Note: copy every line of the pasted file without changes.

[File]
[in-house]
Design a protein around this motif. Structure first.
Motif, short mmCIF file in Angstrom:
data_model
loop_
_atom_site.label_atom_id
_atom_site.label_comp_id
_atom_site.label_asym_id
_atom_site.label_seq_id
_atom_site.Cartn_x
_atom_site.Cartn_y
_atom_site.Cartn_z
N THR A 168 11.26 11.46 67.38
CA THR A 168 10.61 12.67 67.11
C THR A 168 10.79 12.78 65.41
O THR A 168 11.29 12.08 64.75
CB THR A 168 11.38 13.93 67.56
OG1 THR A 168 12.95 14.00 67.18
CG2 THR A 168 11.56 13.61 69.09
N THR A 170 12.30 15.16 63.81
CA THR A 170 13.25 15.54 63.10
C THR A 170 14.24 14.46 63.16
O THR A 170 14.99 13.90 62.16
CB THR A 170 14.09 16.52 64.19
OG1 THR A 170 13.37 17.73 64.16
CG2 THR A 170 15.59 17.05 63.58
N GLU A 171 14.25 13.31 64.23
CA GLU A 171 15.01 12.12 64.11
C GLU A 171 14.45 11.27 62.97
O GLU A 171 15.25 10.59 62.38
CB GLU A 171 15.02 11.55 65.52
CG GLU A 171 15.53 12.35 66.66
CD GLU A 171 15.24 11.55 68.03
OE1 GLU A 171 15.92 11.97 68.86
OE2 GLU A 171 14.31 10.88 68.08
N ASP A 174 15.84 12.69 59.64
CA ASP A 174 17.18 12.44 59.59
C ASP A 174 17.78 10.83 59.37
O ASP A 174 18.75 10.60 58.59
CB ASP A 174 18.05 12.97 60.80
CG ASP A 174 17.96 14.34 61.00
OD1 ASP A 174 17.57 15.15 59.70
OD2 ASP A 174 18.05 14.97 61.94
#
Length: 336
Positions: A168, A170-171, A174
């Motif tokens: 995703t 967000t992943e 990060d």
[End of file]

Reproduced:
[in-house]
Design a protein around this motif. Structure first.
Motif, short mmCIF file in Angstrom:
data_model
loop_
_atom_site.label_atom_id
_atom_site.label_comp_id
_atom_site.label_asym_id
_atom_site.label_seq_id
_atom_site.Cartn_x
_atom_site.Cartn_y
_atom_site.Cartn_z
N THR A 168 11.26 11.46 67.38
CA THR A 168 10.61 12.67 67.11
C THR A 168 10.79 12.78 65.41
O THR A 168 11.29 12.08 64.75
CB THR A 168 11.38 13.93 67.56
OG1 THR A 168 12.95 14.00 67.18
CG2 THR A 168 11.56 13.61 69.09
N THR A 170 12.30 15.16 63.81
CA THR A 170 13.25 15.54 63.10
C THR A 170 14.24 14.46 63.16
O THR A 170 14.99 13.90 62.16
CB THR A 170 14.09 16.52 64.19
OG1 THR A 170 13.37 17.73 64.16
CG2 THR A 170 15.59 17.05 63.58
N GLU A 171 14.25 13.31 64.23
CA GLU A 171 15.01 12.12 64.11
C GLU A 171 14.45 11.27 62.97
O GLU A 171 15.25 10.59 62.38
CB GLU A 171 15.02 11.55 65.52
CG GLU A 171 15.53 12.35 66.66
CD GLU A 171 15.24 11.55 68.03
OE1 GLU A 171 15.92 11.97 68.86
OE2 GLU A 171 14.31 10.88 68.08
N ASP A 174 15.84 12.69 59.64
CA ASP A 174 17.18 12.44 59.59
C ASP A 174 17.78 10.83 59.37
O ASP A 174 18.75 10.60 58.59
CB ASP A 174 18.05 12.97 60.80
CG ASP A 174 17.96 14.34 61.00
OD1 ASP A 174 17.57 15.15 59.70
OD2 ASP A 174 18.05 14.97 61.94
#
Length: 336
Positions: A168, A170-171, A174
């Motif tokens: 995703t 967000t992943e 990060d």